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IN treating of the subject of compensation

of the officers and clerks of the Department of State and of the subdivision of the executive force, it will be sufficient, for the purpose of illustrating the development of the present system, to take up the subject at different periods rather than year by year.

The compensation was fixed in the beginning, by Act of September 11, 1789, as has been previously shown,* at $3,500 per annum for the Secretary of State, $800 for the Chief Clerk, and for the clerks not more than $500 each. The number of clerks was left to the Secretary, being limited only by the amount set apart for

* Ante, p. 61.

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the Department. A few years later the rates of compensation for the clerks were left with the Secretary. The Act of April 21, 1806, required that the names and salaries of the clerks be reported to Congress annually, and April 20, 1818, Congress increased the salaries. The Act of February 20, 1819, raised the Secretary's salary to $6,000 per annum.

In 1829 the annual report of Henry Clay, Secretary of State, showed the organization of the Department to be a Chief Clerk at $2,000, three clerks at $1,600, five at $1,400, three at $1,000, two at $800; in the Patent Office, a superintendent at $1,500, one clerk at $1,000, and one at $800. One of the clerks at $1,000 in the Department proper received, in addition to his regular salary, $250 a year as a translator, the payment being made out of the contingent fund. The sum of $1,216, also, was paid for extra clerical assistance. The year following this report Congress fixed the compensation of the officers and clerks at substantially the same rates as were reported by Mr. Clay.

The appropriation for the payment of the clerical force increased gradually year by year, and in 1840 was $20,300. In 1852 it reached $33,700, which included, however, the salaries of the Secretary and the messengers. There were during this period additional appropriations almost annually of $2,000 for extra clerical assistance. In 1854 the appropriation rose to $38,700, and the next year to $52,092. In 1857 it was $56,400. It has continued to increase, and for the past ten years has averaged more than $100,000 per annum.

A classification of the clerks in all the Executive Departments, except the Department of State, was made by Act of March 3, 1853, and two years later the law was extended so as to include the Department of State. The permanent force was prescribed to be: Three clerks of class I, two of class II, eight of class III, eight of class IV, one Chief Clerk, and one clerk of class IV to act as disbursing officer and give bonds. The last named was to act as superintendent of the building and receive an additional salary, bringing his compensation up to $2,000 per annum. This Act required the examination of clerks by a board before their appointment. It also provided for an Assistant Secretary of State at $3,000 per annum, and raised the Secretary's salary to $8,000, the present rate.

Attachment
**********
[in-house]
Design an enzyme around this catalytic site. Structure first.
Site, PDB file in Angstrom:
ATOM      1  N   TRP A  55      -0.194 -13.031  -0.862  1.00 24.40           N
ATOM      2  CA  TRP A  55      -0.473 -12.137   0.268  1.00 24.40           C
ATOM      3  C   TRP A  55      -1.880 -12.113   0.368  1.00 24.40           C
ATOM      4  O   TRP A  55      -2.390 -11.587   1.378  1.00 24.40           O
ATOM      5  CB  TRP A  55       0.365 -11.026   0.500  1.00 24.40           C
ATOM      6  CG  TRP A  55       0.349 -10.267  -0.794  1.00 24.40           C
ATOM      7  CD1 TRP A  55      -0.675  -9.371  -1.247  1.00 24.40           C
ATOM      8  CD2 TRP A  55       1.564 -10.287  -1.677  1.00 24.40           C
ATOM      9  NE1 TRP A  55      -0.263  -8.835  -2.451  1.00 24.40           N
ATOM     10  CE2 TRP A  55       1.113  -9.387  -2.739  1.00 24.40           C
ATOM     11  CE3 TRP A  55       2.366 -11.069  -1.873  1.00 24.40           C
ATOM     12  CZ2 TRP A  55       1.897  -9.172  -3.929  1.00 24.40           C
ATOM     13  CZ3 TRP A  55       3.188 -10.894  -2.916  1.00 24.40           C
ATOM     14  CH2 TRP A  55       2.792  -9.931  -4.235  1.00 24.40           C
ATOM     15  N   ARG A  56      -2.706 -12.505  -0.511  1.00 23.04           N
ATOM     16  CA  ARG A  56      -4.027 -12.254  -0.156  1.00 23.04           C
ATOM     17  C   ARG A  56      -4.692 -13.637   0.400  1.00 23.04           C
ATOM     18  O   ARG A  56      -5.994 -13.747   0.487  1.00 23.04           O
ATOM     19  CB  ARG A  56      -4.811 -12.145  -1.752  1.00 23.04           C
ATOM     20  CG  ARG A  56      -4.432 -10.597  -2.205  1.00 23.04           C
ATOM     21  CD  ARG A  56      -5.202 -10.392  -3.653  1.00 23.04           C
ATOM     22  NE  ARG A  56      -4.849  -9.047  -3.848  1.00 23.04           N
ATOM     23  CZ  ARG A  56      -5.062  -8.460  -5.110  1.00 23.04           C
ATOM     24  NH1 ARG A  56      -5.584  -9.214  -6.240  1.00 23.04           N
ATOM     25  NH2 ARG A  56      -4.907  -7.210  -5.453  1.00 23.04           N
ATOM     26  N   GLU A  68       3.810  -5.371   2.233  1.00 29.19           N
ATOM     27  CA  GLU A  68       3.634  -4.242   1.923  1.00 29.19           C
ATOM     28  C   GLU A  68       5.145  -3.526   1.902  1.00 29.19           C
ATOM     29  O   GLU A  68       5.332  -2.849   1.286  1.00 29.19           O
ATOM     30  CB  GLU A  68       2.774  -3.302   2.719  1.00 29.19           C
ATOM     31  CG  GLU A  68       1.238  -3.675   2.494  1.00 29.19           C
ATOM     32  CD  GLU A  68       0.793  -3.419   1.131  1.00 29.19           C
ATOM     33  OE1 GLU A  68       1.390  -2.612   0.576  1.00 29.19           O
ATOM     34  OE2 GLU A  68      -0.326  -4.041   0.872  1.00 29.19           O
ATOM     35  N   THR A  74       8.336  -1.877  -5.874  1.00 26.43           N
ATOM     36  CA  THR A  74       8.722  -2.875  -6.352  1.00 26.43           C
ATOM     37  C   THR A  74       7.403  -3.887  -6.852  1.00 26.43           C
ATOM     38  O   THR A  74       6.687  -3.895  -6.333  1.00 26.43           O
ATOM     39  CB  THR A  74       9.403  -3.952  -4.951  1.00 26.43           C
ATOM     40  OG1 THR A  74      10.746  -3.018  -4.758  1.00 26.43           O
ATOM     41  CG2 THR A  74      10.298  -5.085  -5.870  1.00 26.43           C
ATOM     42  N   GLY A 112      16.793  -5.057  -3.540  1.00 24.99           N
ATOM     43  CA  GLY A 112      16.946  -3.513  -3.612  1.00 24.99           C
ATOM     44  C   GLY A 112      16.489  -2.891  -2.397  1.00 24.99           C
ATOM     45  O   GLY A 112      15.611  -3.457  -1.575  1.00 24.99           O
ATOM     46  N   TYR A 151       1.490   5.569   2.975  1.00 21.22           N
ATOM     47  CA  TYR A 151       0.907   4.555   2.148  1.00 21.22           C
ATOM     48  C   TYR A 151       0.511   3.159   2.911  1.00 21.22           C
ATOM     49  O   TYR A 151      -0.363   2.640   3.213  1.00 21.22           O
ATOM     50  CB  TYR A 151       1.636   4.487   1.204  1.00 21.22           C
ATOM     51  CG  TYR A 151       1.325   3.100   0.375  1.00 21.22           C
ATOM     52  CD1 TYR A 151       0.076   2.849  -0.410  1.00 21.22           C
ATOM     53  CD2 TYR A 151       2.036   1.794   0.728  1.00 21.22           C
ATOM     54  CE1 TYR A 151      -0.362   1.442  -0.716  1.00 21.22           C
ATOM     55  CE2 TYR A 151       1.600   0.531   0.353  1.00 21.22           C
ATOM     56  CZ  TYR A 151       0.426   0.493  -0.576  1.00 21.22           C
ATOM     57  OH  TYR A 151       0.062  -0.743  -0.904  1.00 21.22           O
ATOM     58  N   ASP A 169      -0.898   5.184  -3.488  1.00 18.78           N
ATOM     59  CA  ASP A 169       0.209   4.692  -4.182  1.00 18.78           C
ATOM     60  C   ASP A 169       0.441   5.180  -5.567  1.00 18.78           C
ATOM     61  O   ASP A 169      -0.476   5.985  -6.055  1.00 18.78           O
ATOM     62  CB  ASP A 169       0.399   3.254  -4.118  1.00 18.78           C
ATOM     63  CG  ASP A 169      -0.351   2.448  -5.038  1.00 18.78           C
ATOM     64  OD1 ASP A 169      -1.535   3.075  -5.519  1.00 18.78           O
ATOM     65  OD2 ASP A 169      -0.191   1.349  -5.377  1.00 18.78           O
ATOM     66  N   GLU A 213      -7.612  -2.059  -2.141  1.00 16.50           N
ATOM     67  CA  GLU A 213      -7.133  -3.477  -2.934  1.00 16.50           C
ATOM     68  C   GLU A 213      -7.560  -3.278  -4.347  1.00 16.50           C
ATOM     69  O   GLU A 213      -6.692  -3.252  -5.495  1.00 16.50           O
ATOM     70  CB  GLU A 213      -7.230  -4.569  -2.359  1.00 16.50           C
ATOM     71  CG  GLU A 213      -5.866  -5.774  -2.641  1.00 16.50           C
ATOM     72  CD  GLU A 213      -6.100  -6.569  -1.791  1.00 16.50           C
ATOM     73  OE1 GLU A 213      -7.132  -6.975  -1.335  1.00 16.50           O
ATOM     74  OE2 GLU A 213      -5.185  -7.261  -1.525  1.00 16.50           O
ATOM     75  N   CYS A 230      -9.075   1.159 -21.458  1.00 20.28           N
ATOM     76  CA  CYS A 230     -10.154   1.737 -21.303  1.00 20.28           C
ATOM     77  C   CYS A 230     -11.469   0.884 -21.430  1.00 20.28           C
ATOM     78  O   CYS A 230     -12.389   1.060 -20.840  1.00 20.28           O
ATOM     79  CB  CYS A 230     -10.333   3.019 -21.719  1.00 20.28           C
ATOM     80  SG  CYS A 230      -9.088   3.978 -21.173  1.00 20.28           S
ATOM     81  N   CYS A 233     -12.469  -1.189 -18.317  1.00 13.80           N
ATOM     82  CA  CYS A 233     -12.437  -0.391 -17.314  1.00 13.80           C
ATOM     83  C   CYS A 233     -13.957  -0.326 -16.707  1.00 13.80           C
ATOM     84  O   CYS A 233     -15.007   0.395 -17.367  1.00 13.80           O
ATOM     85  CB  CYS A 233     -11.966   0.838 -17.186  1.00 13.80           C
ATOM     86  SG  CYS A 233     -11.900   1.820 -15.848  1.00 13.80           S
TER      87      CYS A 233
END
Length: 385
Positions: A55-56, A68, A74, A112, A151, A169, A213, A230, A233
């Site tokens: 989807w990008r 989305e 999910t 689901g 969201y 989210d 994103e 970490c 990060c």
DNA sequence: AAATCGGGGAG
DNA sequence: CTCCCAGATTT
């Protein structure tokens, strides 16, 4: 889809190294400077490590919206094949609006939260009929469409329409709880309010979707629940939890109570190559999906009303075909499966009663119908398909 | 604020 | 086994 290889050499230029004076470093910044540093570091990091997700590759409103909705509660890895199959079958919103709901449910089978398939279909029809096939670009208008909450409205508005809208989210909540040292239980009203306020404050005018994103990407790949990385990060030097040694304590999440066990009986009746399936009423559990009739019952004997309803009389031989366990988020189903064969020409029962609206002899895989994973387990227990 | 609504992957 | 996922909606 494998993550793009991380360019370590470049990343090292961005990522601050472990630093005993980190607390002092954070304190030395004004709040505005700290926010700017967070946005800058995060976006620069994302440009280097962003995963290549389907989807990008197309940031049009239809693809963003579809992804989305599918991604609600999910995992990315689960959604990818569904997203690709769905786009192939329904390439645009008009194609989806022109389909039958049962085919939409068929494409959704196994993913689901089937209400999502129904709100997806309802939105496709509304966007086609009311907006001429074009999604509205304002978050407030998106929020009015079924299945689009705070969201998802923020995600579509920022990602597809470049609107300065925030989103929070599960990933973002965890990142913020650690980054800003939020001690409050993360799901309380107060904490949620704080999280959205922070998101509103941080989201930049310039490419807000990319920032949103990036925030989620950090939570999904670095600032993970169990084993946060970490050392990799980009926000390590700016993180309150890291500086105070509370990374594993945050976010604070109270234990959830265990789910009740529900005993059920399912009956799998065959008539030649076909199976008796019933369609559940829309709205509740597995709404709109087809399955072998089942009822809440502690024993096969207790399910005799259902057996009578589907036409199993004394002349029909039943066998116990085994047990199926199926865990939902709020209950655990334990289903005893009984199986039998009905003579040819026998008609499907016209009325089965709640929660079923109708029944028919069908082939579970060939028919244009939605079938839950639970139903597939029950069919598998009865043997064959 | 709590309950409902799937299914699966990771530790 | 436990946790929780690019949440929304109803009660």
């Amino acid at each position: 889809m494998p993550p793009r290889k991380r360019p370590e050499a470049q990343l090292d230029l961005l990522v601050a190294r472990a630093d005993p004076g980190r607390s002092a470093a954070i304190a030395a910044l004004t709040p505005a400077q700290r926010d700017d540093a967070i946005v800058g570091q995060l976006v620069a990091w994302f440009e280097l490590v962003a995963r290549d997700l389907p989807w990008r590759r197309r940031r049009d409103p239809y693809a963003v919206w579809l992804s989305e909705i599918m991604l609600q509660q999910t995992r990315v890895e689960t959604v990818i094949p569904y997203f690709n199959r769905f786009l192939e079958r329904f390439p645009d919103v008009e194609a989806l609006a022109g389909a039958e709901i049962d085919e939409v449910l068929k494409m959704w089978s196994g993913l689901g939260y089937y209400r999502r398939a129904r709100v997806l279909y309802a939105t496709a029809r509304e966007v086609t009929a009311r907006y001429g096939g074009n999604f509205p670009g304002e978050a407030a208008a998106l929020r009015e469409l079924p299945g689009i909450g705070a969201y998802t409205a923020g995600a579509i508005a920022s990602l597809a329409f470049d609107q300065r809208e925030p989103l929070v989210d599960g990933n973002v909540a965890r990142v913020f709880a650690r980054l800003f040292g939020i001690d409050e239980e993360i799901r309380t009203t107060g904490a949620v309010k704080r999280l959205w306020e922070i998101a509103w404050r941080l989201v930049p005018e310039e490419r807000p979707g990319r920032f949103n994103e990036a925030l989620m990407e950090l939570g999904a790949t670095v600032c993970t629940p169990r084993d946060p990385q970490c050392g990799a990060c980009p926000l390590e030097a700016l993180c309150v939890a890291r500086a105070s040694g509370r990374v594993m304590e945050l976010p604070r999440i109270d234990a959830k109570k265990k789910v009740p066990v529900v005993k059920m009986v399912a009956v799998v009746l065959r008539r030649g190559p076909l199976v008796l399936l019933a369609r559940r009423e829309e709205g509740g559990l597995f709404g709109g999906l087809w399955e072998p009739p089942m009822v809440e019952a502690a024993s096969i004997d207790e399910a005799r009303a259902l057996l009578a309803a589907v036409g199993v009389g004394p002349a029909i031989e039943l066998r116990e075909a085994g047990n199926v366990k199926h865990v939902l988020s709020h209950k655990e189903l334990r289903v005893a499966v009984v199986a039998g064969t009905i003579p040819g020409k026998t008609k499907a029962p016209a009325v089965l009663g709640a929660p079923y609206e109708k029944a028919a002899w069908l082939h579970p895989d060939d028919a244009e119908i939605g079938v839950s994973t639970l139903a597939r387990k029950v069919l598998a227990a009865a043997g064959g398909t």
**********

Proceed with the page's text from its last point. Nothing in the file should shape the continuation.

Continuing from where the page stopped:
A Second Assistant Secretary was allowed by Act of July 25, 1866, at $3,500, the Assistant Secretary's salary being also increased ; and the Act of June 30, 1875, added the office of Third Assistant Secretary, at the same compensation. The Assistant Secretary's salary was increased subsequently to $4,500.

The office of Examiner of Claims was created by Act of August 12, 1848, which prescribed that a clerk at $2,000 per annum be assigned to the duty of examining claims in the Department of State of our citizens against foreign

governments and of foreign citizens against this Government. The office became a regular one at $3,500 per annum by Act of July 25, 1866. When the Department of Justice was organized by the law of June 22, 1870, this officer was transferred to its jurisdiction, his duties, however, remaining a part of the functions of the Department of State; and in 1891 the title was changed to “Solicitor of the Department of State.” The salary of the Chief Clerk was increased from $800 to $2,000, and by Act of March 3, 1855, placed at $2,200. It was raised afterwards to $2,400, then to $2,500, and, finally, to the present rate of $2,750.

In the progress of the business of the Department, as the clerks have demonstrated especial fitness for particular branches of its business, they have been assigned to them, and this was the origin of the present system of divisions or bureaus.

Taking up the bureaus separately, the first that received legal sanction were the Diplomatic

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